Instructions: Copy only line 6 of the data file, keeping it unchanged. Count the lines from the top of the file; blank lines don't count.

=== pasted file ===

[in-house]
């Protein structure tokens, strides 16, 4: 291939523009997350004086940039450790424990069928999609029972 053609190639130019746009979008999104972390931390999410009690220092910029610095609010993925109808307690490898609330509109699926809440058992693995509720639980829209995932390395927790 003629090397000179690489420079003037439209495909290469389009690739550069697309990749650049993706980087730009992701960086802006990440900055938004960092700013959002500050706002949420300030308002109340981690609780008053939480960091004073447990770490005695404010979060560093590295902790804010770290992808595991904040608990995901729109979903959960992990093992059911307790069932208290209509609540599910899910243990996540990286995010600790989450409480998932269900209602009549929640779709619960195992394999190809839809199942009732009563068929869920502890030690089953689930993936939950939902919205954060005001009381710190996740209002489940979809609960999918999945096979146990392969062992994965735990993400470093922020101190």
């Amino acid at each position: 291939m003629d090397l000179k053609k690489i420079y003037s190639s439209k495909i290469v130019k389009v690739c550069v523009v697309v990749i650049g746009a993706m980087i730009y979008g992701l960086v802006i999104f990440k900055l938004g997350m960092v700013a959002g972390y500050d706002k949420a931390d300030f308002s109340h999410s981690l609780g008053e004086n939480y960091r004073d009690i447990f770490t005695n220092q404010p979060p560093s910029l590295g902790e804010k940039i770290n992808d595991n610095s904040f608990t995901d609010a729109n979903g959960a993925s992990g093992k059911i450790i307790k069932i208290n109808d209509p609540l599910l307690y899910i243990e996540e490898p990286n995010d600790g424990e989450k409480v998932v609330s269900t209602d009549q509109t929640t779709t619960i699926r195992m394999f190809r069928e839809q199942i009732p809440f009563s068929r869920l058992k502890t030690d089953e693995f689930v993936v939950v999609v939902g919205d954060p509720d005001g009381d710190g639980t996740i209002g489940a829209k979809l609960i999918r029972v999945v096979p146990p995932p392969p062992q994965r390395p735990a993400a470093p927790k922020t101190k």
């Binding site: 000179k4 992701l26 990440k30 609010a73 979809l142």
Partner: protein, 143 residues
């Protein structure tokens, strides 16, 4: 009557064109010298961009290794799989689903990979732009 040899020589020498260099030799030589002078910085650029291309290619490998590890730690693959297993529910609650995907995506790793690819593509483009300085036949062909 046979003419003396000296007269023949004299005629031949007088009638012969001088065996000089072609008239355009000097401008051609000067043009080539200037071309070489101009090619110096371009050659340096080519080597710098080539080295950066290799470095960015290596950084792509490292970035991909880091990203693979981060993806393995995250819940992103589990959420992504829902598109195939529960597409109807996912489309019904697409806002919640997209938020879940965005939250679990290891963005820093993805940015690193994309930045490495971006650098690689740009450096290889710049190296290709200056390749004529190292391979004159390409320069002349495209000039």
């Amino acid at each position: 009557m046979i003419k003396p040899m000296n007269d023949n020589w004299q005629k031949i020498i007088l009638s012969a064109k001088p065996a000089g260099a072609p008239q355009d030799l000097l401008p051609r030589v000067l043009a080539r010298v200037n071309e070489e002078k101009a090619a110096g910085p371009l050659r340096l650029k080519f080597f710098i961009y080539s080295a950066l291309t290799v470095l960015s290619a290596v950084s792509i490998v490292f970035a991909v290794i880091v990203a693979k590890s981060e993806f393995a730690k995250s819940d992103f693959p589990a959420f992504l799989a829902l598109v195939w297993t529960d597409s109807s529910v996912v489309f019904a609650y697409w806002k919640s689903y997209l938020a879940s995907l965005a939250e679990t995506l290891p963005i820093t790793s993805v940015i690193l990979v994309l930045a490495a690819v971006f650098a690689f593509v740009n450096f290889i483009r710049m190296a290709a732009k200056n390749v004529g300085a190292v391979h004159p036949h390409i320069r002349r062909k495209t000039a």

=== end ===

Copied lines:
């Protein structure tokens, strides 16, 4: 009557064109010298961009290794799989689903990979732009 040899020589020498260099030799030589002078910085650029291309290619490998590890730690693959297993529910609650995907995506790793690819593509483009300085036949062909 046979003419003396000296007269023949004299005629031949007088009638012969001088065996000089072609008239355009000097401008051609000067043009080539200037071309070489101009090619110096371009050659340096080519080597710098080539080295950066290799470095960015290596950084792509490292970035991909880091990203693979981060993806393995995250819940992103589990959420992504829902598109195939529960597409109807996912489309019904697409806002919640997209938020879940965005939250679990290891963005820093993805940015690193994309930045490495971006650098690689740009450096290889710049190296290709200056390749004529190292391979004159390409320069002349495209000039």